Growing Tomatoes

DSC_0005There is a small patch of our back yard that the previous owner obviously used as a garden. It is a bare patch of dirt, roughly 6 ft x 20 ft set off to the side of the yard with a nice sprinkler system that you can move around to water the plants. I’ve never been much of a gardener, but it seemed like a waste to let this little setup go to waste. So I decided to plant some tomatoes. My parents had vegetable gardens when I was a kid so I knew a little about it, and it seemed like the most productive use of our little garden space. It’s been about a month since I planted my three little plants, and as I tend them and watch them grow, I’m getting more than I thought from the plants.

I’m learning (again) that I am impatient. I am also learning that my default view of the world is that I have a great measure of control over when and how things get accomplished. As I tend these plants every day, I’m realizing that there’s not much I can do to speed up this process or to guarantee its success. Sure, I have a part to play. I position the plants in our garden to get sun, set up stakes so the plants don’t fall over, apply fertilizer and pesticide as needed, and most of all ensure the plants are well watered. But I can’t make the plants grow any faster than they were created to grow, and I can’t really guarantee how many tomatoes will be produced. This is frustrating. I want more control over the process than this. Maybe I’m too fully a product of the industrial revolution, but I look at the world and say that there should be a way to make it better, faster, and cheaper.

Then I was reading in the Gospel of Mark this morning and was struck by these passages from chapter 4:

2 He taught them many things by parables, and in his teaching said: 3 “Listen! A farmer went out to sow his seed. 4 As he was scattering the seed, some fell along the path, and the birds came and ate it up. 5 Some fell on rocky places, where it did not have much soil. It sprang up quickly, because the soil was shallow. 6 But when the sun came up, the plants were scorched, and they withered because they had no root. 7 Other seed fell among thorns, which grew up and choked the plants, so that they did not bear grain. 8 Still other seed fell on good soil. It came up, grew and produced a crop, some multiplying thirty, some sixty, some a hundred times.” (Mark 4:2-8 TNIV)

26 He also said, “This is what the kingdom of God is like. A man scatters seed on the ground. 27 Night and day, whether he sleeps or gets up, the seed sprouts and grows, though he does not know how. 28 All by itself the soil produces grain—first the stalk, then the head, then the full kernel in the head. 29 As soon as the grain is ripe, he puts the sickle to it, because the harvest has come.” (Mark 4:26-29 TNIV)

“What shall we say the kingdom of God is like, or what parable shall we use to describe it? 31 It is like a mustard seed, which is the smallest of all seeds on earth. 32 Yet when planted, it grows and becomes the largest of all garden plants, with such big branches that the birds can perch in its shade.” (Mark 4:30-32 TNIV)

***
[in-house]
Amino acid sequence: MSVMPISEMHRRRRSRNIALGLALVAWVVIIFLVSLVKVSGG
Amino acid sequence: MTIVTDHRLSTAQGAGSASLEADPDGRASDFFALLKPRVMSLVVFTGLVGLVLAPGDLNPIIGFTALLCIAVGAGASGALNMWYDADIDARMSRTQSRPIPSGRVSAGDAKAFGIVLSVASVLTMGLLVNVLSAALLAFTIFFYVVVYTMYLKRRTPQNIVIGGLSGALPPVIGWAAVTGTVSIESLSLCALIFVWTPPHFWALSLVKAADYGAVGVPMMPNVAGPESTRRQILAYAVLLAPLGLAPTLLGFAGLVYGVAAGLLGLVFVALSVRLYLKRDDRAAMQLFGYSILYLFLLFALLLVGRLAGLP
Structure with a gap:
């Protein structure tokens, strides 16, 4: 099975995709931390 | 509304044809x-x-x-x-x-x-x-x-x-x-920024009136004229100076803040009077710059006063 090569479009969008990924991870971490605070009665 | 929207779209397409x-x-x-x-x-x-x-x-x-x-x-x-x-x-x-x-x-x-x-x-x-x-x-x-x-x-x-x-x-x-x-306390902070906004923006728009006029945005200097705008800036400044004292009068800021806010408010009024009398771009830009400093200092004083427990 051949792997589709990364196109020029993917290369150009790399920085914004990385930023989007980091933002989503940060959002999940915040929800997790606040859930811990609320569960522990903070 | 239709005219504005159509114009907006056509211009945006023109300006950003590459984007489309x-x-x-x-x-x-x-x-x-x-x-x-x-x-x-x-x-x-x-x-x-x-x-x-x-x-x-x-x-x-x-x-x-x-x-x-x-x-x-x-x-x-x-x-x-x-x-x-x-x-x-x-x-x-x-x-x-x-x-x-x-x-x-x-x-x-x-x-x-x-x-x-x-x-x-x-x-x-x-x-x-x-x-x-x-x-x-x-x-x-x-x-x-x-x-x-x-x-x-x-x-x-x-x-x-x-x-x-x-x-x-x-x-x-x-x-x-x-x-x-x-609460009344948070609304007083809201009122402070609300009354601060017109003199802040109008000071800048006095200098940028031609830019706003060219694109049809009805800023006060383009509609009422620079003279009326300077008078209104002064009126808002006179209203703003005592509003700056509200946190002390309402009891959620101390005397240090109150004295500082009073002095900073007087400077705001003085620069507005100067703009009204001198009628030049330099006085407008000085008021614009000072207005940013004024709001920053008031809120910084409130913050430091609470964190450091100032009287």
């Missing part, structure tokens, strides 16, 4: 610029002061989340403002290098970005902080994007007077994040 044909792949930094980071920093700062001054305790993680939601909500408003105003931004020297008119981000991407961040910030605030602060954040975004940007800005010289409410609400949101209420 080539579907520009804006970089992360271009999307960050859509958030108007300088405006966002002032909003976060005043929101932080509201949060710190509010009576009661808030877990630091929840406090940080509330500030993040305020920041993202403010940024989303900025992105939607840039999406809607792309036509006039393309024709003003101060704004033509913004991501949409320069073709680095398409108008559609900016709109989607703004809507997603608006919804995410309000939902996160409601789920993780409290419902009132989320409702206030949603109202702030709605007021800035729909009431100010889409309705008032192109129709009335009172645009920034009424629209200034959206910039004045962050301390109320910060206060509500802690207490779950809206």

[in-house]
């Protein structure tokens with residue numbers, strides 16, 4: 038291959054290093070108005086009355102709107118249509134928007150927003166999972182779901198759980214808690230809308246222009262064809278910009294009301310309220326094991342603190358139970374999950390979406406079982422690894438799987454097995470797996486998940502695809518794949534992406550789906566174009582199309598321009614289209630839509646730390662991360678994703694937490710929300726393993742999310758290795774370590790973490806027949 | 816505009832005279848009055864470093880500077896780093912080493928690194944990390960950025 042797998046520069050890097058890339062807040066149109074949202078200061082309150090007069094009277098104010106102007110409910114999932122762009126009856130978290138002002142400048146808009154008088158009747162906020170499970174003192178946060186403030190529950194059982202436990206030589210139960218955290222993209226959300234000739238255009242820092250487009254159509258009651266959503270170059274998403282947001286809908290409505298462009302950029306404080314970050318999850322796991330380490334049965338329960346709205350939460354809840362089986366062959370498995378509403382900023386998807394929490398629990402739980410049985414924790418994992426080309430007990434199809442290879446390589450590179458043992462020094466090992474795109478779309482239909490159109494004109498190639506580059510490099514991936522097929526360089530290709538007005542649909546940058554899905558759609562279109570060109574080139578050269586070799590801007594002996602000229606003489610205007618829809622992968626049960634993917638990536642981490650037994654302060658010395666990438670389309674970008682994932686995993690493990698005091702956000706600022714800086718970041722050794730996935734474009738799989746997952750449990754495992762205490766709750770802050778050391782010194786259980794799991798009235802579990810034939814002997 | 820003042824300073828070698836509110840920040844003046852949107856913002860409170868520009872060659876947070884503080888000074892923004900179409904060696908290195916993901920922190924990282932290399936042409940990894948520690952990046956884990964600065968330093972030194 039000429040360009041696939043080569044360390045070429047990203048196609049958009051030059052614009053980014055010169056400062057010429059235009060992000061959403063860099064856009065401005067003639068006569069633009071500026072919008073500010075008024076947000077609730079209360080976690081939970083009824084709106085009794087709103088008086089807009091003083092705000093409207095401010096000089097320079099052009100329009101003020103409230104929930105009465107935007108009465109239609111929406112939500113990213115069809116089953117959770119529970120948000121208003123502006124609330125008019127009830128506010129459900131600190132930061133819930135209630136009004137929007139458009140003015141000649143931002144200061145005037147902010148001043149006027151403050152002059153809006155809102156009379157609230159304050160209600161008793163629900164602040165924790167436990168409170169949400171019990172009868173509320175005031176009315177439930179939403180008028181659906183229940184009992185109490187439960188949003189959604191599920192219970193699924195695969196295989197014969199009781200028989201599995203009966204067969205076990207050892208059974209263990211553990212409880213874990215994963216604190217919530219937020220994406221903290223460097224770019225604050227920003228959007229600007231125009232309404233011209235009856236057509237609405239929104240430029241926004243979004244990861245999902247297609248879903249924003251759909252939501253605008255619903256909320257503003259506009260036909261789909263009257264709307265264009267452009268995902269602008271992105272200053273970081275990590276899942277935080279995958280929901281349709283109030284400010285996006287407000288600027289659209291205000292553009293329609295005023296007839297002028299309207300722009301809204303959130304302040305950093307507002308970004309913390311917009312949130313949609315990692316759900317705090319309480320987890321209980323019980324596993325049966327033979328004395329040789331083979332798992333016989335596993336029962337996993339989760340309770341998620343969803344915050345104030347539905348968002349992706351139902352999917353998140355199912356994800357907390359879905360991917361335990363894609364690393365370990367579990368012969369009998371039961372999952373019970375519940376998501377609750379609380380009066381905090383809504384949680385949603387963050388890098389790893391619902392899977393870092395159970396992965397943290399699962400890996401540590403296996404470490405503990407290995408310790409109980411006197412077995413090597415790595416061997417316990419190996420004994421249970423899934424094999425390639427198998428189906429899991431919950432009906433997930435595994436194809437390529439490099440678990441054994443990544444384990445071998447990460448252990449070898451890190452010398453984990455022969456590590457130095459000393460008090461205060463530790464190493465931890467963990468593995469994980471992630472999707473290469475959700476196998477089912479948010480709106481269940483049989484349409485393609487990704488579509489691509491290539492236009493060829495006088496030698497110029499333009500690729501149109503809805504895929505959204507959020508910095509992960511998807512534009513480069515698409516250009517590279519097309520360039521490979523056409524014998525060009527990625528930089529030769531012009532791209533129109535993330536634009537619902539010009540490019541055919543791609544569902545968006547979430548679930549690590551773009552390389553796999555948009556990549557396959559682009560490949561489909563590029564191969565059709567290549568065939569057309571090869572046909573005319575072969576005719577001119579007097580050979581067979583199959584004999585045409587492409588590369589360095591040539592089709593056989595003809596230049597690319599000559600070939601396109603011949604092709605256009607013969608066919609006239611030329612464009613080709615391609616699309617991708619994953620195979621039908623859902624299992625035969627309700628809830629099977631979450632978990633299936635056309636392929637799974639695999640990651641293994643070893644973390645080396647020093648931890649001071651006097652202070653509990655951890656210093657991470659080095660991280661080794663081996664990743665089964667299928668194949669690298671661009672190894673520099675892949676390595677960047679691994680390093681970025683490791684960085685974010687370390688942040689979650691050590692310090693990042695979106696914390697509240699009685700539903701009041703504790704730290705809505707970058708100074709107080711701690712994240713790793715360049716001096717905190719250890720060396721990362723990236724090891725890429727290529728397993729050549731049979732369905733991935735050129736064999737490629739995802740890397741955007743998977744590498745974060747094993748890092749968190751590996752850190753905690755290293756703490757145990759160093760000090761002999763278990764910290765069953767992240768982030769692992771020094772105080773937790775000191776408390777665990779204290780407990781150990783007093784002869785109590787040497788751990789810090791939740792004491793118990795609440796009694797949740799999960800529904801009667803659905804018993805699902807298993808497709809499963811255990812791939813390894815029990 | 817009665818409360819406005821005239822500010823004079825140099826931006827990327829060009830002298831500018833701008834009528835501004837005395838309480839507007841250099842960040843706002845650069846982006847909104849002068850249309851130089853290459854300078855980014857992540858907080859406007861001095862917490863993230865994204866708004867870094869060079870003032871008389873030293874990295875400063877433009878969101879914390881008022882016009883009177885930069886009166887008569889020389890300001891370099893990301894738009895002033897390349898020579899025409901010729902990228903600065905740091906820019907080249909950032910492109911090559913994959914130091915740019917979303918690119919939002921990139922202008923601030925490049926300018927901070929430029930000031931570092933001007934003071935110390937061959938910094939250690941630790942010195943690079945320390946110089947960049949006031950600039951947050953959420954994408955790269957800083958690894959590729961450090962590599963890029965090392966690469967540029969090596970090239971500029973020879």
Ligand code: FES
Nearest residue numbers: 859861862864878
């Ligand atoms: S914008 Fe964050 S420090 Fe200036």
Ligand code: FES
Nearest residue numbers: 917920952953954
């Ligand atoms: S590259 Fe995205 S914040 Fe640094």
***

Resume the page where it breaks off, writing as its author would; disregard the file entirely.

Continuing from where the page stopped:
As Jesus is teaching his disciples about the kingdom of God – about people coming to know and acknowledge God’s plan for humanity through Christ – he chooses agricultural metaphors. Maybe that was just a reflection of the culture of his day. Maybe Jesus just chose these metaphors, because his audience would understand them. But I don’t think that’s the case. In fact the context seems to indicate that all this was very confusing for those who heard it. In fact, the disciples didn’t get it at all, and Jesus had to pull them aside to explain it all to them. I think there’s something more significant here.

As I work to start a new church at the same time I’m tending my tomato plants, I’m learning how much the two have in common. As with my tomato plants, there is considerable work that I can do to position our church for growth. But in the end, I can’t make it grow any faster than it will, and I cannot guarantee how fruitful it will become. Like the farmer I plant the seeds, and then night and day, whether I sleep or toss in my bed, the seed sprouts and grows though I do not know how. I watch growth happen, not fully understanding how or why, and I look forward to the harvest when I taste the fruit of my labors. God is teaching me to be patient. As I wait for my tomatoes and for the church to grow, I am learning to tend them both the best I can and to trust God to do his work.

3 replies
  1. Lydia Hatfield
    Lydia Hatfield says:

    Wonderful writing. I too was thinking about my tomato plants as I was planning a devotion for our unemployment ministry. Those little plants help me understand the tension between patience and persistence.
    I have lots of red tomatoes now!


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